In 1922 the Ferreira put into Falmouth to repair damage suffered in a gale. A retired sea captain named Wilfred Dowman saw the ship and determined to buy her. Dowman restored the Cutty Sark to approximately how she had appeared during her days as a tea clipper.

The ship was used for naval training until 1951 when it was sent to London for the Festival of Britain. She might well have been scrapped following the festival, but the ship was saved by the National Maritime Museum and put into dry dock at Greenwich in 1954, beside the Old Royal Naval College.

Underneath the ship
Underneath the ship

Fire and Restoration

In 2007 a devastating fire broke out aboard the Cutty Sark, and it appeared that the ship might be completely destroyed. Thankfully total disaster was avoided, but the subsequent restoration lasted until 2012.

What is a Cutty Sark?

The ship's name is a curious one unless you know Scottish folklore. The name 'cutty sark' comes from a Scottish term for a woman's undergarment, or light skirt. The term was used most famously in Robbie Burn's poem, Tam o' Shanter. In the poem, Tam is pursued by a witch named Nannie, who just grasps the tail of Tam's horse before he crosses the bridge. The witch, who cannot cross running water, is left on the bank, still clutching the horse's tail. The Cutty Sark figurehead shows the figure of Nannie, looking rather unlike a traditional witch, but holding onto a horse's tail.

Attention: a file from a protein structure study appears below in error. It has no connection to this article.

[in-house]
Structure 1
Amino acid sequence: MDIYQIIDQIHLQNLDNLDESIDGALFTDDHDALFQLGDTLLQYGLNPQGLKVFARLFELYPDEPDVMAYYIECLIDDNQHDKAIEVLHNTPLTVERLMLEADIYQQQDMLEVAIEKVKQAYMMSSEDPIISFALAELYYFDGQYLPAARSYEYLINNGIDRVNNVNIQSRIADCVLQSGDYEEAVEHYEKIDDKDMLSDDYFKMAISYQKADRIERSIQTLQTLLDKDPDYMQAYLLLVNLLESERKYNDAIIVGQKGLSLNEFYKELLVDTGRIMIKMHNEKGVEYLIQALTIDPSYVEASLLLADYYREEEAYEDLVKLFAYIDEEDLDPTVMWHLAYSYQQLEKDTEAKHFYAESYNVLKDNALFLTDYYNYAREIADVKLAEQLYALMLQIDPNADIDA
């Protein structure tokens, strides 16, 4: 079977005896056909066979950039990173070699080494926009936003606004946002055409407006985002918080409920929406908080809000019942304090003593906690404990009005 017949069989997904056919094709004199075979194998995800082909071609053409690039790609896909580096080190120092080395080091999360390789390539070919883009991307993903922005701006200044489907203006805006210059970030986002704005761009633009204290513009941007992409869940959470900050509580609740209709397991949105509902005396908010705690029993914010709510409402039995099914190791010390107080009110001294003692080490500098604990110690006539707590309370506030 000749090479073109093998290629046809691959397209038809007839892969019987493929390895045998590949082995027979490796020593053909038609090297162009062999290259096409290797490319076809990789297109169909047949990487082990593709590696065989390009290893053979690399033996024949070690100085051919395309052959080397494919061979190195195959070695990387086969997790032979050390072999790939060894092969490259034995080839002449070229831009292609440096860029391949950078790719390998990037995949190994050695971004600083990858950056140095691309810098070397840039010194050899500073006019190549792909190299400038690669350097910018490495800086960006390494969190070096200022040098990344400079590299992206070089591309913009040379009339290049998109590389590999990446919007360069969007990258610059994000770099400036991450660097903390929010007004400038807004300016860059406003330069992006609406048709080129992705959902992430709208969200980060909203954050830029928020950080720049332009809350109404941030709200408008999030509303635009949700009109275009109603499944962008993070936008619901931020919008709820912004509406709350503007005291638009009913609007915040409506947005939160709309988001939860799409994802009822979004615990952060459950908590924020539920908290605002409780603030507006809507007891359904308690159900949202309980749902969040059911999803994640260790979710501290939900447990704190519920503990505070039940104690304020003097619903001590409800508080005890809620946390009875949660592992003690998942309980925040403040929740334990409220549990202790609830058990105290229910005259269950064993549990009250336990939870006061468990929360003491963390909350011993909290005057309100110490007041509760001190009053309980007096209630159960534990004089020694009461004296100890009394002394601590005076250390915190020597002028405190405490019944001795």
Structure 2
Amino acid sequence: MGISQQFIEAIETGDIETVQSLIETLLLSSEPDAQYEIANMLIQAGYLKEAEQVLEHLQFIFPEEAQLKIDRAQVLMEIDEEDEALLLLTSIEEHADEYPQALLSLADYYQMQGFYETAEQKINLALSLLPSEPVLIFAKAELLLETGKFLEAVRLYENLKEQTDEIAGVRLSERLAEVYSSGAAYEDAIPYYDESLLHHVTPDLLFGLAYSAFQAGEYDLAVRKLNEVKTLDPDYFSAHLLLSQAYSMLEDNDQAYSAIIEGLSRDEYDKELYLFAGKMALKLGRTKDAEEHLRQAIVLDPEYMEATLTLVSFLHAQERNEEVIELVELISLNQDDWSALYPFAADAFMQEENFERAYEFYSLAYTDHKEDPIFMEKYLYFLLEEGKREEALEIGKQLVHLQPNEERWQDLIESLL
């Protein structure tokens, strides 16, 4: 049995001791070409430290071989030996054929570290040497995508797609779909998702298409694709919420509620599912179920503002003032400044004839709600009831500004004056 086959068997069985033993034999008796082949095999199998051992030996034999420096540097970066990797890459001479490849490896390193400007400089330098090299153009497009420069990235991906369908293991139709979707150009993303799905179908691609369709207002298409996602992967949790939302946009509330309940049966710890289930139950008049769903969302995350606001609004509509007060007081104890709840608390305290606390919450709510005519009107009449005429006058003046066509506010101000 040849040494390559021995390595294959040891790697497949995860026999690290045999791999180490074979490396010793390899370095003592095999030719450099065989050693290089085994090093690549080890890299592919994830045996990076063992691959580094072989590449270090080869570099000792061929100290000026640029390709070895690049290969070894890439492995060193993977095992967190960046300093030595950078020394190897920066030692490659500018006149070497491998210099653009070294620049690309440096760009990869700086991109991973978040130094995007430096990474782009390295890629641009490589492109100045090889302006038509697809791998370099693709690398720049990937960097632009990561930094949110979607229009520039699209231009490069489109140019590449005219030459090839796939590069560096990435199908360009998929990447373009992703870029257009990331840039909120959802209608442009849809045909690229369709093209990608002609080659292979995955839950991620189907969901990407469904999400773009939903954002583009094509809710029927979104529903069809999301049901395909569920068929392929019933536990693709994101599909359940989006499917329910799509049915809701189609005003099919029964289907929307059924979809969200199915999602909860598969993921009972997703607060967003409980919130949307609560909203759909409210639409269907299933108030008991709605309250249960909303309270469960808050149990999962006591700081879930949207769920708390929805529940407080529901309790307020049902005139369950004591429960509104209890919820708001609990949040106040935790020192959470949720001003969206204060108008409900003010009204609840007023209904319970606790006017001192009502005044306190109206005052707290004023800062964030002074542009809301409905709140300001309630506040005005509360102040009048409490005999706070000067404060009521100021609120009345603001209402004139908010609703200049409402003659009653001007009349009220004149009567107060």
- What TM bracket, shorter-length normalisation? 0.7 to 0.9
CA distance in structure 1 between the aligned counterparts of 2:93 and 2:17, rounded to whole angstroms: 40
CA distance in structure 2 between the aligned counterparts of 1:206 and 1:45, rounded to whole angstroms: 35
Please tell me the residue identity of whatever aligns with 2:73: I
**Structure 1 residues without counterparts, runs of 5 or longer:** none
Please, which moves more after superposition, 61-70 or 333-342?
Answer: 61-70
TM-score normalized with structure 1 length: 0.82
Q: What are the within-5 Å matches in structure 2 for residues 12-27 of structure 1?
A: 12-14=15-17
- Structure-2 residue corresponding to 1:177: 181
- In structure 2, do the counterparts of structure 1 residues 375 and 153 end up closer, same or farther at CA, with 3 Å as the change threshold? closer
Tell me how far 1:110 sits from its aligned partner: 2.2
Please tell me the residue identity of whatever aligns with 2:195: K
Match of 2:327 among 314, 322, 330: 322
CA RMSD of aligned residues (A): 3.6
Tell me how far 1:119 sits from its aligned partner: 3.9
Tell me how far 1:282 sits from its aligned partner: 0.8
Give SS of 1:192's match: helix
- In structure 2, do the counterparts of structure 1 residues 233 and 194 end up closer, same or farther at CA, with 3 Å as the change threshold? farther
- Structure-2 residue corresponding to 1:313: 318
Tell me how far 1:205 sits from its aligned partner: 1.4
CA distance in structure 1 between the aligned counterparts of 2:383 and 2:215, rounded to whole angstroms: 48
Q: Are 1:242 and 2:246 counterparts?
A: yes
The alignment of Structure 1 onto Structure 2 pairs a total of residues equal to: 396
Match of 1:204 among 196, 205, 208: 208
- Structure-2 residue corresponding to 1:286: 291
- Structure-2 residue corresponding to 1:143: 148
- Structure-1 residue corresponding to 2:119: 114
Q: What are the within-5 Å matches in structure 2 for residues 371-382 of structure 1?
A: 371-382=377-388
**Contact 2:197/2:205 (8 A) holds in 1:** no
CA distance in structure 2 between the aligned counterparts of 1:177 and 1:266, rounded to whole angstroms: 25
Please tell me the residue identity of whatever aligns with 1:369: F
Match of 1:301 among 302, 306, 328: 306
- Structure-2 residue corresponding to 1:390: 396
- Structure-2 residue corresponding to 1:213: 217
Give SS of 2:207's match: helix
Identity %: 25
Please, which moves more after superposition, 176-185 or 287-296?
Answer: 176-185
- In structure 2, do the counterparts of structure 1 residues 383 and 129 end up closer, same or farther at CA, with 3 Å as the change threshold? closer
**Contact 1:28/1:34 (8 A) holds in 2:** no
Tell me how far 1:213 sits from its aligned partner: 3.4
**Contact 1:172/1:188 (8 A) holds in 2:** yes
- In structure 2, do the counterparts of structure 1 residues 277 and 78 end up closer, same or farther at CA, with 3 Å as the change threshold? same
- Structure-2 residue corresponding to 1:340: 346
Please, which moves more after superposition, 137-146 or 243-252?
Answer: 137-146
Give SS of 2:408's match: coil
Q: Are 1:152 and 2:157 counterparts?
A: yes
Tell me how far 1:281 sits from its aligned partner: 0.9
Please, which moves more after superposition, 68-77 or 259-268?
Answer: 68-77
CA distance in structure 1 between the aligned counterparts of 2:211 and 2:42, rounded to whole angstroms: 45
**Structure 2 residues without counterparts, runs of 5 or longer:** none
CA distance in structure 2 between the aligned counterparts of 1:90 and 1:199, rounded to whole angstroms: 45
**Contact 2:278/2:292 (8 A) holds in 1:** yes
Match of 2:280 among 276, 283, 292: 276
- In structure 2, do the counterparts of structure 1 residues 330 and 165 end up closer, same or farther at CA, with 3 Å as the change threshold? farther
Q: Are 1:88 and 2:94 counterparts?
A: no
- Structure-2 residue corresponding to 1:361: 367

Facts and Figures

  • 280 feet long
  • Beam measurement 36 feet
  • Moulded depth 22.5 feet
  • Gross weight: 963 tons (978.5 tonnes)
  • Main mast height from the deck: 152 feet


I've been to the Cutty Sark both before the fire and after, and I can attest that the visitor experience today is much, much better. At first glance, the ship appears to be sunk into a modern plinth of glass and steel so that it is only visible from the tween deck up.

But once you step inside the visitor centre you realise that the light-filled modern structure allows you to go completely underneath the ship, and see close-up the remarkable metal hull, made to let the ship pass through the water with minimal resistance. There is a cafe under the ship's stern, and you can walk the entire length of the vessel to a display of historic ship's figureheads at the bow.